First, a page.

About My Health Careers Internship MedBlogs Contact us
Medindia LOGIN REGISTER
Advertisement

Exposure To Chemotherapy Creates 'Invisible Threat' to Health Care Workers

by Mohamed Fathima S on March 2, 2019 at 3:41 PM
Font : A-A+

Exposure To Chemotherapy Creates 'Invisible Threat' to Health Care Workers

Life-saving chemotherapy drugs for cancer patients are hazardous to healthcare workers who come in contact with them. Many healthcare workers do not use the recommended personal protection equipment such as gloves and gowns, despite the risks involved while handling chemotherapy.

A study from the University of Michigan Rogel Cancer Center sought to improve nurses' handling of chemotherapy by delivering an educational intervention with quarterly reminders and tailored messages. But despite the strong study design and quality intervention, it did not increase use of protective gear.

Advertisement


"We didn't really move the needle at all. As a practicing nurse it's disappointing. We were hoping we could develop a bundled intervention that cancer centers and others can use," says lead study author Christopher R. Friese, Ph.D., R.N., Elizabeth Tone Hosmer Professor of Nursing and a professor of health management and policy at the University of Michigan.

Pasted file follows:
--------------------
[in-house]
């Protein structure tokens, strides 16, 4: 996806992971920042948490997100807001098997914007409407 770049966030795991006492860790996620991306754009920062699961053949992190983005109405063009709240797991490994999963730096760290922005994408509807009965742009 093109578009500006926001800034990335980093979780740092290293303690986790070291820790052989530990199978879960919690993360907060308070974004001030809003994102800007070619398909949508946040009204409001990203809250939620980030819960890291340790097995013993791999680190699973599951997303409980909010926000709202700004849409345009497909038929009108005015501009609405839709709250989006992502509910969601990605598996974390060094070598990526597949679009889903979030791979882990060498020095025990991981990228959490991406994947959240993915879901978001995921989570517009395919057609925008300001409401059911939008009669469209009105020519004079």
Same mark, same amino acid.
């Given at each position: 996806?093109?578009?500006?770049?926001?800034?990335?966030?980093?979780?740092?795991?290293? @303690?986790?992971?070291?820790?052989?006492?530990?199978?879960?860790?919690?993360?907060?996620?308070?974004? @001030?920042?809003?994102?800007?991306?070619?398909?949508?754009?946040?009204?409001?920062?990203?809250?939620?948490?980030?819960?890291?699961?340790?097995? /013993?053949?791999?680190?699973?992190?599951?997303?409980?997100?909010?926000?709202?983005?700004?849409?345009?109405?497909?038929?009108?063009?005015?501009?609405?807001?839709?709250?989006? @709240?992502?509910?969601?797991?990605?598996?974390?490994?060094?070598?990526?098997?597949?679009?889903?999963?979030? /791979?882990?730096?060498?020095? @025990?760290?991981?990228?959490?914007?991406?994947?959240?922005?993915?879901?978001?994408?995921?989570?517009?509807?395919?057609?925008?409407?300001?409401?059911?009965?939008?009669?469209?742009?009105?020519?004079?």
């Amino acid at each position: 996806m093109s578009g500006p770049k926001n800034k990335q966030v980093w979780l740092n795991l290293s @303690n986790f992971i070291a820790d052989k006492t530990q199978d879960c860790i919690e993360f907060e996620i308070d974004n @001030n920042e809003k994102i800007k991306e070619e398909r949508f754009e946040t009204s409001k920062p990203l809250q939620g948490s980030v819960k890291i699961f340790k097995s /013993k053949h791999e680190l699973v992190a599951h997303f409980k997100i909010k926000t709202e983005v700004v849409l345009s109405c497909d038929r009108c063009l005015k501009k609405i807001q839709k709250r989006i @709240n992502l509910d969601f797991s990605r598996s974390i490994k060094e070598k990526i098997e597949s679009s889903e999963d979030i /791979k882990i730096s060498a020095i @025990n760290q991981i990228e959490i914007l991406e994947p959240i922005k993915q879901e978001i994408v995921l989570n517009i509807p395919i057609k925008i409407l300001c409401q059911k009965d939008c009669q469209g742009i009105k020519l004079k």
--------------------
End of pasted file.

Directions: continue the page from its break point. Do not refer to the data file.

Exposure to chemotherapy occurs when health care workers inhale vapors or touch contaminated surfaces. Studies have found that nurses who reported handling hazardous drugs had twice the risk of reproductive problems. Other studies report incidences of rare cancers and various respiratory and skin conditions resulting from exposure.
Advertisement

"This is an invisible threat," Friese says. "It's unlike the needle stick where you know when you've been stuck by a needle. Early on we could understand that a needle stick conveyed serious health risks. With chemotherapy exposure, we don't have that smoking gun. This is a subtle threat, but it's a daily threat."

Guidelines from professional societies recommend protective gear including double gloves, eye protection and respirators. These were built into the intervention Friese and colleagues developed. It was a randomized trial including 396 nurses from 12 ambulatory cancer programs. In one arm, nurses received one-hour educational modules about personal protective equipment with tailored messaging addressing their reported barriers to use. They also were asked to report chemotherapy drugs spills and submit plasma samples for analysis. The control arm had only the educational modules.